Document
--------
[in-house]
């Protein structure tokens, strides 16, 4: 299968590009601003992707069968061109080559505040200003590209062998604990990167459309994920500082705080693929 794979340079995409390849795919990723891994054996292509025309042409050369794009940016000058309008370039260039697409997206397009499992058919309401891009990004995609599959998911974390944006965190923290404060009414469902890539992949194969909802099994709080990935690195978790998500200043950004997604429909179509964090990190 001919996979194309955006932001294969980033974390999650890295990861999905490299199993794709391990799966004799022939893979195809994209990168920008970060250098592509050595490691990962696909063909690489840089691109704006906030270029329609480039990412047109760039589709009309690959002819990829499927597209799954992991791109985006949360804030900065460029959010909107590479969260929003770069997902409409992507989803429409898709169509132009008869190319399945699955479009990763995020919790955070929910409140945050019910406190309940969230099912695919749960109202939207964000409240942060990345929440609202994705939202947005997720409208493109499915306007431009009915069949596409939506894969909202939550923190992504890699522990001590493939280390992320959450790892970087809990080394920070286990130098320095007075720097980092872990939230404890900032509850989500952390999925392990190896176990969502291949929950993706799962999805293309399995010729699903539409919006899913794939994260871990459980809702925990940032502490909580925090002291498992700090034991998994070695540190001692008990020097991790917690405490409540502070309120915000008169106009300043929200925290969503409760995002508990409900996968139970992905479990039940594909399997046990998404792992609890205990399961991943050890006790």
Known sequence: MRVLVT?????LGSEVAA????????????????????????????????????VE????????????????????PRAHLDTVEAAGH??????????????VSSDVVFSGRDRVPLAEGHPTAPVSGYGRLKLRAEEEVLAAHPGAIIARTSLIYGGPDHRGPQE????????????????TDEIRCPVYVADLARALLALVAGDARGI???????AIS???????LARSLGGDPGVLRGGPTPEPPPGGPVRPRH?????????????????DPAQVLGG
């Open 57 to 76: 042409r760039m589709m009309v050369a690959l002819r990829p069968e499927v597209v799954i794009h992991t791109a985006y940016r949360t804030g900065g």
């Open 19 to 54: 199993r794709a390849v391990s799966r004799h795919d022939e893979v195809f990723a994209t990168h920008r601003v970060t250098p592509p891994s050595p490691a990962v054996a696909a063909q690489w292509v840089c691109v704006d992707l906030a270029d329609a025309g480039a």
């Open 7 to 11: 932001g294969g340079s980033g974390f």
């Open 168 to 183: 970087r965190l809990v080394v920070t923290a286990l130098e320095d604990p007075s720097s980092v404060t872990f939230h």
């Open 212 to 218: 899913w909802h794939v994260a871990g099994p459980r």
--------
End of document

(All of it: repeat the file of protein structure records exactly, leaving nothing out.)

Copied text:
[in-house]
């Protein structure tokens, strides 16, 4: 299968590009601003992707069968061109080559505040200003590209062998604990990167459309994920500082705080693929 794979340079995409390849795919990723891994054996292509025309042409050369794009940016000058309008370039260039697409997206397009499992058919309401891009990004995609599959998911974390944006965190923290404060009414469902890539992949194969909802099994709080990935690195978790998500200043950004997604429909179509964090990190 001919996979194309955006932001294969980033974390999650890295990861999905490299199993794709391990799966004799022939893979195809994209990168920008970060250098592509050595490691990962696909063909690489840089691109704006906030270029329609480039990412047109760039589709009309690959002819990829499927597209799954992991791109985006949360804030900065460029959010909107590479969260929003770069997902409409992507989803429409898709169509132009008869190319399945699955479009990763995020919790955070929910409140945050019910406190309940969230099912695919749960109202939207964000409240942060990345929440609202994705939202947005997720409208493109499915306007431009009915069949596409939506894969909202939550923190992504890699522990001590493939280390992320959450790892970087809990080394920070286990130098320095007075720097980092872990939230404890900032509850989500952390999925392990190896176990969502291949929950993706799962999805293309399995010729699903539409919006899913794939994260871990459980809702925990940032502490909580925090002291498992700090034991998994070695540190001692008990020097991790917690405490409540502070309120915000008169106009300043929200925290969503409760995002508990409900996968139970992905479990039940594909399997046990998404792992609890205990399961991943050890006790």
Known sequence: MRVLVT?????LGSEVAA????????????????????????????????????VE????????????????????PRAHLDTVEAAGH??????????????VSSDVVFSGRDRVPLAEGHPTAPVSGYGRLKLRAEEEVLAAHPGAIIARTSLIYGGPDHRGPQE????????????????TDEIRCPVYVADLARALLALVAGDARGI???????AIS???????LARSLGGDPGVLRGGPTPEPPPGGPVRPRH?????????????????DPAQVLGG
């Open 57 to 76: 042409r760039m589709m009309v050369a690959l002819r990829p069968e499927v597209v799954i794009h992991t791109a985006y940016r949360t804030g900065g």
């Open 19 to 54: 199993r794709a390849v391990s799966r004799h795919d022939e893979v195809f990723a994209t990168h920008r601003v970060t250098p592509p891994s050595p490691a990962v054996a696909a063909q690489w292509v840089c691109v704006d992707l906030a270029d329609a025309g480039a």
């Open 7 to 11: 932001g294969g340079s980033g974390f």
């Open 168 to 183: 970087r965190l809990v080394v920070t923290a286990l130098e320095d604990p007075s720097s980092v404060t872990f939230h």
């Open 212 to 218: 899913w909802h794939v994260a871990g099994p459980r």